Joe FitzPatrick, the Scottish Government Minister for Local Government and Planning, praised the work of improvement districts as he celebrated Scotland Loves Local Week.
Speaking after he met members of One Linlithgow to launch the week – alongside Community Wealth Minister Tom Arthur – Mr FitzPatrick spoke of the important role it and organisations like it have in helping ensure communities across the country can flourish and thrive.
He had just heard about some of the work being done by One Linlithgow and its members to attract more people to shop in and visit the West Lothian town.
Mr FitzPatrick said: “BIDs are a real opportunity for businesses to put their collective power together to deliver something special for their area – to make sure they are keeping people in that area.
“If someone comes into Linlithgow – or another BID area – they can look at the range of facilities available. That way folk will stay, spend more money, sustain jobs and make sure that our town centres are vibrant and successful for the future.”
During their visit to Linlithgow on Monday (August 28), the ministers met some businesses and leaders of One Linlithgow in the town centre before walking up to Linlithgow Canal Centre.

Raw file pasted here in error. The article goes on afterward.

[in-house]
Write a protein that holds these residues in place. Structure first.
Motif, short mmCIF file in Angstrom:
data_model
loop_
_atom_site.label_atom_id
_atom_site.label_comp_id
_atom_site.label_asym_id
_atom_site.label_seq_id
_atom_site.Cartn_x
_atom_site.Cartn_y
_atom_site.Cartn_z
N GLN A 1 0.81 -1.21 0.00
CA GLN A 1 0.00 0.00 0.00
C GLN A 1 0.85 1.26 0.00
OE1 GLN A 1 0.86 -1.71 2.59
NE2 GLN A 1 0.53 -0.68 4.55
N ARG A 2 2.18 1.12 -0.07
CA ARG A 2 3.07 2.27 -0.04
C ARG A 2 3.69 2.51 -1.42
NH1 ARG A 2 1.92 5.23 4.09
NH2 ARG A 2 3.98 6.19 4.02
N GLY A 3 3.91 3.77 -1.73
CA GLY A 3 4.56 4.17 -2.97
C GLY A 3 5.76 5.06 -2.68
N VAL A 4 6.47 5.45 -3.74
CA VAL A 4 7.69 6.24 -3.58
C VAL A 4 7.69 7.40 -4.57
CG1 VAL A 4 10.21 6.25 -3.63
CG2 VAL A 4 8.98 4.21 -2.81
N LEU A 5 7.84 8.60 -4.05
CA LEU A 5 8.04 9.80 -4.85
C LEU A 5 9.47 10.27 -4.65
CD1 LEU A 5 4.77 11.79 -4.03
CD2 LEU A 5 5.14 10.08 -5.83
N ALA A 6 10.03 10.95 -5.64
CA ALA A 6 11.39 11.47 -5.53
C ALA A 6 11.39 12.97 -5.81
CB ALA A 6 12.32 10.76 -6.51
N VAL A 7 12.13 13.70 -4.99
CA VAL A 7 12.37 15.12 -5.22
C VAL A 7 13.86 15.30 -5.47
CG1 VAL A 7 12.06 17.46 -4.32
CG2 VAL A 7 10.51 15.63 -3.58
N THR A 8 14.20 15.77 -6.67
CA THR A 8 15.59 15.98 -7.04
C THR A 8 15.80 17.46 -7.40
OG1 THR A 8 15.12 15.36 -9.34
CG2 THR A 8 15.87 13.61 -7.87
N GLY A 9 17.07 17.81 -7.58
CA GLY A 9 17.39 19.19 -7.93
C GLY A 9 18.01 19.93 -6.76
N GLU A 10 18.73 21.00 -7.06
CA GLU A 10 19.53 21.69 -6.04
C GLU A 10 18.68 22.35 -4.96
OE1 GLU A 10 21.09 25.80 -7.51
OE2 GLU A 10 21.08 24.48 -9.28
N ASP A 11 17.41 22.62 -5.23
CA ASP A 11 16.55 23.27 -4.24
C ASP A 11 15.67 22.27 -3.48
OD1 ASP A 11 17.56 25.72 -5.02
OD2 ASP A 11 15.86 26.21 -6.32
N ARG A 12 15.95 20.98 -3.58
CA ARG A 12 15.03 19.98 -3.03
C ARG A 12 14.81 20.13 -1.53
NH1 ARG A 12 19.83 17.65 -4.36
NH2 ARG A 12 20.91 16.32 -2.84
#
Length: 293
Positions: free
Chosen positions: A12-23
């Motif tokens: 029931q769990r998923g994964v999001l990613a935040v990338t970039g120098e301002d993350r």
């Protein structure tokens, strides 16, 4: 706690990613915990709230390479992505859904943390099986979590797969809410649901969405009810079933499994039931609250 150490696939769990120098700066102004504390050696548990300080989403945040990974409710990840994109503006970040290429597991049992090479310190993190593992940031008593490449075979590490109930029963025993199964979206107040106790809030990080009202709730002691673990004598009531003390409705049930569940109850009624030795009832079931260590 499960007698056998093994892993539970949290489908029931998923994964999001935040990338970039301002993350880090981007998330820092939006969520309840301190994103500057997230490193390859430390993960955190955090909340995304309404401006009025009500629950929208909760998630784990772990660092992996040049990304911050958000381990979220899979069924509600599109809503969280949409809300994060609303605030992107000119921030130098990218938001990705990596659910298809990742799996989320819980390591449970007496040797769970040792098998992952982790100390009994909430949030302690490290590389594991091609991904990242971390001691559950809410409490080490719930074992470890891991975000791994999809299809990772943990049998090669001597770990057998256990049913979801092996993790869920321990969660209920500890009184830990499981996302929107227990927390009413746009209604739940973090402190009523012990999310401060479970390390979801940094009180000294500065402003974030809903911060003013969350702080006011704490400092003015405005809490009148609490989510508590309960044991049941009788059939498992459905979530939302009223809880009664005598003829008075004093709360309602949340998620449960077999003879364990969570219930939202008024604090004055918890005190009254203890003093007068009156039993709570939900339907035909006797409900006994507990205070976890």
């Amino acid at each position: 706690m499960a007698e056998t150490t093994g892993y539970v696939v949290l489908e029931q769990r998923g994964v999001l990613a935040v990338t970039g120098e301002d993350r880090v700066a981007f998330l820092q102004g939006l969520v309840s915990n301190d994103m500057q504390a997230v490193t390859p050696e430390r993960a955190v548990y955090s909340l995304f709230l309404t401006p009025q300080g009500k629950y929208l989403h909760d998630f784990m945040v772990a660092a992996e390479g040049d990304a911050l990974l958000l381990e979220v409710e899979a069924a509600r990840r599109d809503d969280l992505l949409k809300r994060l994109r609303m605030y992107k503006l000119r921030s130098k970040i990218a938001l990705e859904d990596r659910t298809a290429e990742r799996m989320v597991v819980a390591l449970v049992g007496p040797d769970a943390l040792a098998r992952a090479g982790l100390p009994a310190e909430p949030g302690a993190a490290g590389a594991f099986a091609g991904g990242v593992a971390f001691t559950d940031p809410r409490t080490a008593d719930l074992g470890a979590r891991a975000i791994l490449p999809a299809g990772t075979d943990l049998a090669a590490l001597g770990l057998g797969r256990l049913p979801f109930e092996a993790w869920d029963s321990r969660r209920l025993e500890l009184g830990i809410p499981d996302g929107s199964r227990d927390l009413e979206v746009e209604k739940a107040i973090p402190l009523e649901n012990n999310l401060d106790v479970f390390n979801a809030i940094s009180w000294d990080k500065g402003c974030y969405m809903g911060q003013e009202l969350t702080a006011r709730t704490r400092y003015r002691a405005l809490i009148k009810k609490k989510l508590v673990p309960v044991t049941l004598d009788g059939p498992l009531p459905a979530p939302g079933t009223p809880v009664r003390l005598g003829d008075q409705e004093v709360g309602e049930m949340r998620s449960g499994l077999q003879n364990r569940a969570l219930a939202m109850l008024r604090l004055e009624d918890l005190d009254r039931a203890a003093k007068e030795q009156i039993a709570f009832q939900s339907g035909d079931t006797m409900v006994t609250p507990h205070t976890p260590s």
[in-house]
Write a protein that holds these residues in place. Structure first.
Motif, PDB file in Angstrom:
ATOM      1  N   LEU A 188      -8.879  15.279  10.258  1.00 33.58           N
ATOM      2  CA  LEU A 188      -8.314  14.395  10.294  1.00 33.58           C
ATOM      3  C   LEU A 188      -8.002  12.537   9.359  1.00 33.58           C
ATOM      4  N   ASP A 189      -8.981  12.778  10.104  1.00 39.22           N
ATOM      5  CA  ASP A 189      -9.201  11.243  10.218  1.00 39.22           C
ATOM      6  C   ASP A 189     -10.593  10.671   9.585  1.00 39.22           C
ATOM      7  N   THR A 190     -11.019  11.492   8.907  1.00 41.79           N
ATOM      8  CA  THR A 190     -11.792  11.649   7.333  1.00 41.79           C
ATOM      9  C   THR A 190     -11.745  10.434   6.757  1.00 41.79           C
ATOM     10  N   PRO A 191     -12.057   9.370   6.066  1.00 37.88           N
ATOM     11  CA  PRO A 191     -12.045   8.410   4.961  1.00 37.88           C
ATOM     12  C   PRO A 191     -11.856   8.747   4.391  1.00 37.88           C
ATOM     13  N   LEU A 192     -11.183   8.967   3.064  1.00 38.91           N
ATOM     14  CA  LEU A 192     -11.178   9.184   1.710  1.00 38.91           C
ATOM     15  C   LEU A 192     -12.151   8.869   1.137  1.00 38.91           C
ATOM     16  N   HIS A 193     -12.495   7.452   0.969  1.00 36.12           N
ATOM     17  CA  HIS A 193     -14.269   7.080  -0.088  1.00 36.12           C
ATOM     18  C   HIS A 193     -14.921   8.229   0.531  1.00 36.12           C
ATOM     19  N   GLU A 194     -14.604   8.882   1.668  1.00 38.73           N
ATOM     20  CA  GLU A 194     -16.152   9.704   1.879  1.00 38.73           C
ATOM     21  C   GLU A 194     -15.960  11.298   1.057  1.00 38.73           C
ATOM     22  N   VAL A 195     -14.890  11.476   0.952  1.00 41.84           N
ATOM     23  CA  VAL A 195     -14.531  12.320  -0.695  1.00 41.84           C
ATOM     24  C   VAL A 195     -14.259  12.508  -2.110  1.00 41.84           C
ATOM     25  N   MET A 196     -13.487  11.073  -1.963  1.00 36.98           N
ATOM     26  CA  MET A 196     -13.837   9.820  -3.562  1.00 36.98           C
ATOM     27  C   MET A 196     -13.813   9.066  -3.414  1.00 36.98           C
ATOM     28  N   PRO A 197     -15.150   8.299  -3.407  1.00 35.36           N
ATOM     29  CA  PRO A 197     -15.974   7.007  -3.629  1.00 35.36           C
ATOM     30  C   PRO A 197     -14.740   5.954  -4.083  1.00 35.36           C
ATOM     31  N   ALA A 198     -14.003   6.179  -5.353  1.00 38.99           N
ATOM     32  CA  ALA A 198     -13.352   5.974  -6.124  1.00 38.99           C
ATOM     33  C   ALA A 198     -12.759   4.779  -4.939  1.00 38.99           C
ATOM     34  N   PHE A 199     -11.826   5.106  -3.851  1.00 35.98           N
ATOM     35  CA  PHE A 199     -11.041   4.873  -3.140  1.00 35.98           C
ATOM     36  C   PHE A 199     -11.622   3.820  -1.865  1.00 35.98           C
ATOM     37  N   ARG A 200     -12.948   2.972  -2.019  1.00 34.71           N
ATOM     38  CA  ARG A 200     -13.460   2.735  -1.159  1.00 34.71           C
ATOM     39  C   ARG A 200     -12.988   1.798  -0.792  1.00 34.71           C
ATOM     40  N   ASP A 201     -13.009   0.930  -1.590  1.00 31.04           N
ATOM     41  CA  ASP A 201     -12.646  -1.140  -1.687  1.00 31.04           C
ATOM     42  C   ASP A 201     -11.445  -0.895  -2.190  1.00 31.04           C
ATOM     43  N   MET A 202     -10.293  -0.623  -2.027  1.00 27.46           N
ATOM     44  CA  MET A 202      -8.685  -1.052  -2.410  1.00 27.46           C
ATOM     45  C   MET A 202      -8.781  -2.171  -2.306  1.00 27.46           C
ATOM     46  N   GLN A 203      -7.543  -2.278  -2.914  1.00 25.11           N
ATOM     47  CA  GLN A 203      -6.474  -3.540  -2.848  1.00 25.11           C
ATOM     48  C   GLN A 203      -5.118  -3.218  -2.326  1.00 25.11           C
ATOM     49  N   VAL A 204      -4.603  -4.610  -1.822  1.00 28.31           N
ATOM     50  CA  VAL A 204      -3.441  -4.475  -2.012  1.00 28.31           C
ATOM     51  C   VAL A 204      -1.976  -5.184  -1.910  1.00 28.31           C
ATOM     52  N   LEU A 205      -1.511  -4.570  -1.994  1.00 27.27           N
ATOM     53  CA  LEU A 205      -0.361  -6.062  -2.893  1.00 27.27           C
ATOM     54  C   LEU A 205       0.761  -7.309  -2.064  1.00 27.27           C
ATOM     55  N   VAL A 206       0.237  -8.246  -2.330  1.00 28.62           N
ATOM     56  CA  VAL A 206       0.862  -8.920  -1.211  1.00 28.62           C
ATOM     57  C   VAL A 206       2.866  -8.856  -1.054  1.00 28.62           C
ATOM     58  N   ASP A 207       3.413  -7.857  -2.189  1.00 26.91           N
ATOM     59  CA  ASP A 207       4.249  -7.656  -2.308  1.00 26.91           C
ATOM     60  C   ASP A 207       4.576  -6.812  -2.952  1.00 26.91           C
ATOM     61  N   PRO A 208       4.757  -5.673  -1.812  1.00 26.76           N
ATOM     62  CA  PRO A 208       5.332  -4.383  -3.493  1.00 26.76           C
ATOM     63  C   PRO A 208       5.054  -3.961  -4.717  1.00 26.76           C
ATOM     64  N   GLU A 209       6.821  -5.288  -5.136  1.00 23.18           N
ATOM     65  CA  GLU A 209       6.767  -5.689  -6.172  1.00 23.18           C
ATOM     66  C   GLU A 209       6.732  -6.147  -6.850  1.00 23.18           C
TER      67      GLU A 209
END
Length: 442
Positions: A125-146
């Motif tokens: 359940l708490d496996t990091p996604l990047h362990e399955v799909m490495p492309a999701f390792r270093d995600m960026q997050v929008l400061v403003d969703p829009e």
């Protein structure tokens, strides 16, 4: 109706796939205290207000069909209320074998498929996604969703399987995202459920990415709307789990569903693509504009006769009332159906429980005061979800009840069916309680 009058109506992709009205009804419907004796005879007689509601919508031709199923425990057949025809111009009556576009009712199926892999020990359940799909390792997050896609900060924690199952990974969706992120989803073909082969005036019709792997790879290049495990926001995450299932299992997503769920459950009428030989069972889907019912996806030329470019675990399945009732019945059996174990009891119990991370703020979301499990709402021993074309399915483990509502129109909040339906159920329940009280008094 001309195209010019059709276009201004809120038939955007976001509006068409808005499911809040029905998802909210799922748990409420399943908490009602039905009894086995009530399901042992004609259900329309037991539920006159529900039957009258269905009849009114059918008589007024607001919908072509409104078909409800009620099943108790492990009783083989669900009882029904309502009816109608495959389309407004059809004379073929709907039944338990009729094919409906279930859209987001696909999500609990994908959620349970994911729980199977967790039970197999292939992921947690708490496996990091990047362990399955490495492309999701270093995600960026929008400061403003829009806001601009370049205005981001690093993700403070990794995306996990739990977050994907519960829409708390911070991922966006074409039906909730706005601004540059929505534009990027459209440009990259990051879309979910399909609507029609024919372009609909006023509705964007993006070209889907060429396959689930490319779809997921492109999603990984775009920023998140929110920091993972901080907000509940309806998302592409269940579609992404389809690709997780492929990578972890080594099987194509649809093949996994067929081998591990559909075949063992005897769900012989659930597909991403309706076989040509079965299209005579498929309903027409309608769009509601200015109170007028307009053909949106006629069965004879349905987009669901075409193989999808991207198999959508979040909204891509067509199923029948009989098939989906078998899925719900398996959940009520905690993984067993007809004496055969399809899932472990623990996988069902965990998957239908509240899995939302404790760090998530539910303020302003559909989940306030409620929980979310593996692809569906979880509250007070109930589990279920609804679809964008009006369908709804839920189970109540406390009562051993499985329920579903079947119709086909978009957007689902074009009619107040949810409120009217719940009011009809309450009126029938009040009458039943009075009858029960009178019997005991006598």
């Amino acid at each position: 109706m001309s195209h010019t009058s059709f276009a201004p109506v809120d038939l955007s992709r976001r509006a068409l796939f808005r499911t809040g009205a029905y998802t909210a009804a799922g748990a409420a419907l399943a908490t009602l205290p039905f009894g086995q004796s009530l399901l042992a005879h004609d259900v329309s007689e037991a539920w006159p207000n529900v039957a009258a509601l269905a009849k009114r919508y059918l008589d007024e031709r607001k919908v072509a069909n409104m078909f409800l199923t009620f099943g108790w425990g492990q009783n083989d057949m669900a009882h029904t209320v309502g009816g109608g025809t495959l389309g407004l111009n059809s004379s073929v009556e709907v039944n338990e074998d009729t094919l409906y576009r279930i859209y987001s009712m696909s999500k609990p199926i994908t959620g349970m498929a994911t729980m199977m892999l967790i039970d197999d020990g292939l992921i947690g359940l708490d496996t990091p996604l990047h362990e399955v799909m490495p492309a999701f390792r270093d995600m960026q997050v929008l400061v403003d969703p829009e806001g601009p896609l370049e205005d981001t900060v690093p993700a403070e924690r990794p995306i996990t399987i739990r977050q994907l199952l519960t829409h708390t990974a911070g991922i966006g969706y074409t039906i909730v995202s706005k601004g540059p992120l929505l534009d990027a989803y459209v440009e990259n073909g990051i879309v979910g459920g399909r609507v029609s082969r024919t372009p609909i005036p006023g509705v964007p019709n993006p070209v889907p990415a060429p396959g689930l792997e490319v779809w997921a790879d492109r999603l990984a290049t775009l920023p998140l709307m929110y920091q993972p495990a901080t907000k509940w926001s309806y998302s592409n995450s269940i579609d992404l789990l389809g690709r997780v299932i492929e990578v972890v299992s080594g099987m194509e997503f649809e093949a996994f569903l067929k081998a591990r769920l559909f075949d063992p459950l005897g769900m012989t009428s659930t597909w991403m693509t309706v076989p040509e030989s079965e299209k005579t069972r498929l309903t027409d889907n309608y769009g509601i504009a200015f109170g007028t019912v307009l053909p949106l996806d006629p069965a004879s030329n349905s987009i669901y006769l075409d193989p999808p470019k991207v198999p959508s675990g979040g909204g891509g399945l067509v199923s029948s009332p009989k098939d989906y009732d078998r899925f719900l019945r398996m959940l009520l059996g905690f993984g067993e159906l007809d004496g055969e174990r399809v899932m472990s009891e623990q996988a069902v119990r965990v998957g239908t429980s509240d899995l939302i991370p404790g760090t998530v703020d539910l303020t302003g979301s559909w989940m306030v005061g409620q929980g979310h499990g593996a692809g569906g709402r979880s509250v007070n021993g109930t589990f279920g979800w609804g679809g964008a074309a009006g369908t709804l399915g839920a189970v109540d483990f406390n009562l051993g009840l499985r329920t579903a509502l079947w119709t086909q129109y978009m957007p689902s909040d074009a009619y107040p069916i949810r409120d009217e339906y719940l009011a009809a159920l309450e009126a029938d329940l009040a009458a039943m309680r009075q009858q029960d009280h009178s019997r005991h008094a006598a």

There, they were briefed by Mike Smith, who is one of the leading lights at the centre, as well as being a BID board member.
Mr FitzPatrick added: “When you think local, whether you’re shopping or visiting, you’re not just doing your bit for the environment – keeping your carbon footprint down – you’re helping your neighbours, helping secure the jobs of your family and friends. It’s so important.”
Scotland Loves Local Week, which runs until September 3, is highlighting that importance – demonstrating the difference that choosing local can makes.
Improvement districts across the country are at the forefront of championing that message and have been hosting visits from MSPs, MPs and working with local authorities as part of a collective rallying cry.
Speaking after chatting to the ministers, Mr Smith said: “The thing about choosing local is that if you don’t keep the locality alive, you lose part of your own identity. This is a community. I can do almost everything I can imagine I’d like to do in this community. Not just commerce, the social aspects of this town are very much built around it being Linlithgow. It’s great.”
Scotland Loves Local is led by Scotland’s Towns Partnership, which is also the parent body of Scotland’s Improvement Districts.
You can find out more on setting up an improvement district in your community by clicking here.
Learn all about Scotland Loves Local at www.lovelocal.scot